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Can you live with ADHD and not know it?

Attention deficit hyperactivity disorder (ADHD) is a common neurodevelopmental disorder characterized by inattention, hyperactivity and impulsivity. Many adults live with undiagnosed ADHD because they were never evaluated for it as children. Going through life with undiagnosed ADHD can make daily tasks more challenging.

What are the symptoms of ADHD in adults?

The core symptoms of ADHD include:

  • Difficulty paying attention and staying focused
  • Being easily distracted
  • Difficulty organizing tasks and activities
  • Being forgetful about daily activities
  • Fidgeting and restlessness
  • Excessive talking
  • Difficulty waiting their turn
  • Interrupting conversations or activities

Adults with undiagnosed ADHD may have trouble managing time, being organized, setting goals and meeting deadlines at work. They are at increased risk for car accidents, substance abuse, relationship problems and unemployment. Many adults with undiagnosed ADHD also suffer from low self-esteem, anxiety or depression.

What causes ADHD in adults?

The exact causes of ADHD are unknown, but research suggests that genetics and differences in brain development and chemistry may contribute to ADHD. Abnormalities in the prefrontal cortex, basal ganglia and cerebellum have been associated with ADHD. Dopamine and norepinephrine play important roles in executive functions that are impaired in ADHD such as attention, planning and impulse control.

Why do many adults remain undiagnosed?

There are several reasons why ADHD often remains undiagnosed in adults:

  • Lack of recognition – People used to think ADHD only affected children. There is now more awareness that ADHD symptoms persist into adulthood in most cases.
  • Able to compensate – Adults learn coping strategies that allow them to function even with ADHD symptoms.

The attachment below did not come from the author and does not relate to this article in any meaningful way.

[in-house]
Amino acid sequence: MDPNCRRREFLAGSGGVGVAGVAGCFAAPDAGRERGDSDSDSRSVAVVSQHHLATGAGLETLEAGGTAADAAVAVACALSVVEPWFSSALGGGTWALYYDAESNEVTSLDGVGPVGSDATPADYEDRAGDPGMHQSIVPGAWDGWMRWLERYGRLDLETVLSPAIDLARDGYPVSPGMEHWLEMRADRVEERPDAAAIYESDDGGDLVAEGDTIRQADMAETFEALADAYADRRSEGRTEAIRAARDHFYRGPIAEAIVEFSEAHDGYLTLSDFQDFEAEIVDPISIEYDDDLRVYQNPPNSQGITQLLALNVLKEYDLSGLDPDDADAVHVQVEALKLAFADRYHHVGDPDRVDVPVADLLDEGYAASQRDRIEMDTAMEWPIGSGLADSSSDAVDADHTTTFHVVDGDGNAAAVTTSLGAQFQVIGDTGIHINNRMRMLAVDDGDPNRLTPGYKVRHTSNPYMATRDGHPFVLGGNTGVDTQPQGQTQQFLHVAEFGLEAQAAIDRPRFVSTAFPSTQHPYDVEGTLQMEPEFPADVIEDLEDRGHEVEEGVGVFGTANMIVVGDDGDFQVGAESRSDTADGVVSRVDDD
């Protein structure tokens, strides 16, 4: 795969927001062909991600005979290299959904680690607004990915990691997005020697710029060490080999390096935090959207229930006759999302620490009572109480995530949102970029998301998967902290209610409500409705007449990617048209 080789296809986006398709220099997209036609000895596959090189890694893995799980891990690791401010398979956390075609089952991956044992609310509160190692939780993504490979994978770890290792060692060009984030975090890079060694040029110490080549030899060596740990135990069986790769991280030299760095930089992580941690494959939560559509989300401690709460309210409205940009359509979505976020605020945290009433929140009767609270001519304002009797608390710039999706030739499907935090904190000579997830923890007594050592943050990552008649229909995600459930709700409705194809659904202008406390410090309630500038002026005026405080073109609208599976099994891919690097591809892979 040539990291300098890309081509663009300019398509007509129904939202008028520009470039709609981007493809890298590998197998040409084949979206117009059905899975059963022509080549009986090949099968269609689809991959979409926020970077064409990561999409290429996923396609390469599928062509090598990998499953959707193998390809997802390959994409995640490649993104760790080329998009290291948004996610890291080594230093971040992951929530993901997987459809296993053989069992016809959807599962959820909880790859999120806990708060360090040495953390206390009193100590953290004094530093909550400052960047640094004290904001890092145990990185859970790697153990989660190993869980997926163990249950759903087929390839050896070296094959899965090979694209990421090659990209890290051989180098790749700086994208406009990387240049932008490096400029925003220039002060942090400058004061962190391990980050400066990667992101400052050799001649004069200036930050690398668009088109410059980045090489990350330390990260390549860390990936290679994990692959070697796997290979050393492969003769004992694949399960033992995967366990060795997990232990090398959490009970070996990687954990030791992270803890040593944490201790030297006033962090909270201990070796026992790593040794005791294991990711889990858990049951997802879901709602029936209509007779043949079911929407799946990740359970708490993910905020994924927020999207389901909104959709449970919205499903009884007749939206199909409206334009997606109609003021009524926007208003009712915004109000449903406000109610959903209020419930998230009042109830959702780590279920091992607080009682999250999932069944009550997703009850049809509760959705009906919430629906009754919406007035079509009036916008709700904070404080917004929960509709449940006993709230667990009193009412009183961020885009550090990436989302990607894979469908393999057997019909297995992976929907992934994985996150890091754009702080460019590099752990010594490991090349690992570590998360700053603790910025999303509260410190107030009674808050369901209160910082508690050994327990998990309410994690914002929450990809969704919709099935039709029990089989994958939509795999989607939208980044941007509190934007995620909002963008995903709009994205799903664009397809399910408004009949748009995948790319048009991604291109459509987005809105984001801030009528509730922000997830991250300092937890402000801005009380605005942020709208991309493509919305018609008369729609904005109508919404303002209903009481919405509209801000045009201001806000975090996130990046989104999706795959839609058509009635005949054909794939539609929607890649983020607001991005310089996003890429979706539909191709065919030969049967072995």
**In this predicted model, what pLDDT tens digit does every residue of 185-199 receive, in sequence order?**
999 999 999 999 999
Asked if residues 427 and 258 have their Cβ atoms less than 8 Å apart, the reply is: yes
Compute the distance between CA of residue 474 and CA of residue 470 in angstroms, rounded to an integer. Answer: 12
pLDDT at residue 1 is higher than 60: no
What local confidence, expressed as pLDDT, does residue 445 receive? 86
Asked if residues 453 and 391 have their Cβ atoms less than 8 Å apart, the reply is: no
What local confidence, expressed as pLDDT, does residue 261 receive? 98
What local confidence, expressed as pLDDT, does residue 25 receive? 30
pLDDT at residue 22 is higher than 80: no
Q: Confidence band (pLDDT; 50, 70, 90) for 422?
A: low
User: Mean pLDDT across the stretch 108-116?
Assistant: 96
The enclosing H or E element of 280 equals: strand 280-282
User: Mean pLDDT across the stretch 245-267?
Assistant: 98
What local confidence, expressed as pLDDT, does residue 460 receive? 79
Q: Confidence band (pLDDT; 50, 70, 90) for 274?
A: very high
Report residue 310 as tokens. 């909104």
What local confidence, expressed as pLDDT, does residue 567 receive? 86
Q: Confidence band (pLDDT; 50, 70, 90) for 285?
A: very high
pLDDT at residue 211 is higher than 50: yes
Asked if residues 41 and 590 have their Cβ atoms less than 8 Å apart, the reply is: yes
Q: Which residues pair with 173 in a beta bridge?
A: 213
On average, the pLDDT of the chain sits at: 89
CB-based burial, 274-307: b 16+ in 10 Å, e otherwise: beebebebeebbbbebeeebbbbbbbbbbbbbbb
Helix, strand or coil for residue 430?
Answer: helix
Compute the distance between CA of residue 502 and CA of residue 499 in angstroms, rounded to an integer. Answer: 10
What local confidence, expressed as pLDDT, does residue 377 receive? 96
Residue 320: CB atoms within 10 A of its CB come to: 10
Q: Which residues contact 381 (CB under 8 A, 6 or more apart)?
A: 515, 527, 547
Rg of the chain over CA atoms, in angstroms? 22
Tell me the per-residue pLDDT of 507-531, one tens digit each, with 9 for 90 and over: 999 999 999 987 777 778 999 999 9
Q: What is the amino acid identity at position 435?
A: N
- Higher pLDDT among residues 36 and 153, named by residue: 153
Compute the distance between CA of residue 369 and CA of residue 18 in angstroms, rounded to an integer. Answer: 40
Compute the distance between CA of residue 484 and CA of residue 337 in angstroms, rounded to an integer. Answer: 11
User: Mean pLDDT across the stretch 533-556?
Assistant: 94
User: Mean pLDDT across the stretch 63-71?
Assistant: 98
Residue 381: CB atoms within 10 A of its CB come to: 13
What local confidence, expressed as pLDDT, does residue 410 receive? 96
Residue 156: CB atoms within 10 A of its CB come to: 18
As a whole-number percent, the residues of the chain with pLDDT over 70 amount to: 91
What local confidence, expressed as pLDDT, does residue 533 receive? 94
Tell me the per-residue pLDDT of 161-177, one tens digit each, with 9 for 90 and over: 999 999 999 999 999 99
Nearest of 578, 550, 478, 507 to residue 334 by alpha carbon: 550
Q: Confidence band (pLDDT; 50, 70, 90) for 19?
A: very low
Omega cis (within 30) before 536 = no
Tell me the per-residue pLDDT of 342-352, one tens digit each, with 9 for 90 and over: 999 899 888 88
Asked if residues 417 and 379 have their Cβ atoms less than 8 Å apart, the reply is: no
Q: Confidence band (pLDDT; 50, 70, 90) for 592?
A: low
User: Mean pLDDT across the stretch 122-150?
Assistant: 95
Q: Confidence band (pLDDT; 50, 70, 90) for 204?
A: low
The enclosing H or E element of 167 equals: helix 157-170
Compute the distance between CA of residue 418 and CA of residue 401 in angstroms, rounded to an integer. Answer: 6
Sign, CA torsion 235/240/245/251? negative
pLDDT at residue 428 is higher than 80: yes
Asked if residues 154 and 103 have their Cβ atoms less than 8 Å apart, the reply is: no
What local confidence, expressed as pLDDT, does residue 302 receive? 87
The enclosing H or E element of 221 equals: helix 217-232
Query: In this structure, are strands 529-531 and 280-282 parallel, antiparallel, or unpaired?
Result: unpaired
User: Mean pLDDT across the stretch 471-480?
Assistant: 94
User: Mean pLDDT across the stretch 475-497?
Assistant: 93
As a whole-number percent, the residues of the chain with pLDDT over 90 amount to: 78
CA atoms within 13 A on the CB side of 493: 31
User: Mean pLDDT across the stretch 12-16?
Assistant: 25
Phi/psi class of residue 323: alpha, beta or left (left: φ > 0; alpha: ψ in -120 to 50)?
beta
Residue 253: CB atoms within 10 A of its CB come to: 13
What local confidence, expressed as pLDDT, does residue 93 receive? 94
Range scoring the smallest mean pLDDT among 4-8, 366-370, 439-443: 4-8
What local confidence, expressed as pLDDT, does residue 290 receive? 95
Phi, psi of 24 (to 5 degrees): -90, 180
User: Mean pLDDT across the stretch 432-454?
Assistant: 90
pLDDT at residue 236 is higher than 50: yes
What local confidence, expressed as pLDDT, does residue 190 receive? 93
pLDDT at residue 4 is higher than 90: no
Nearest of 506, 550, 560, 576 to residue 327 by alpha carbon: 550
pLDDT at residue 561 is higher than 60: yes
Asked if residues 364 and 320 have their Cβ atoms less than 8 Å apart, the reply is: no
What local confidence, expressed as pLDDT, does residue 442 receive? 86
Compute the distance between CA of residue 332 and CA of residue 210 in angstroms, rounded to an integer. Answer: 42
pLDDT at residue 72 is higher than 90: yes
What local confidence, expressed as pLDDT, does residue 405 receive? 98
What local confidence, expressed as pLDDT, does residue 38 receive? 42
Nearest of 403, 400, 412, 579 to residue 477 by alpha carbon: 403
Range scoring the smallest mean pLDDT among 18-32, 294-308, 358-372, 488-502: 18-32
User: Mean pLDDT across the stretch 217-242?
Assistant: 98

• Different symptoms – Hyperactivity tends to decrease with age, making inattentive ADHD harder to recognize.
  • Misdiagnosis – Symptoms may be mistaken for other conditions like anxiety, depression or learning disabilities.
  • Denial – Adults may be in denial about struggles being due to ADHD.
  • Lack of screening – Many adults are never assessed for ADHD.

What are the consequences of undiagnosed ADHD?

Living with undiagnosed ADHD can have many negative effects:

  • Poor academic performance
  • Problems maintaining employment
  • Relationship issues
  • Increased risk of substance abuse
  • Financial struggles
  • Low self-esteem
  • Symptoms of anxiety or depression

Research shows that adults with undiagnosed ADHD have higher rates of being fired, quitting or changing jobs frequently, being disciplined at work, and having difficulty paying bills on time.

When should adults consider an ADHD evaluation?

Adults who experience ongoing issues with focus, disorganization, forgetfulness or restlessness should consider an ADHD assessment if these symptoms:

  • Date back to childhood
  • Negatively impact work, relationships and daily functioning
  • Cannot be better explained by other conditions

Getting evaluated for ADHD can help adults understand whether ADHD is contributing to their difficulties. Effective treatment is available for ADHD.

How is ADHD diagnosed in adults?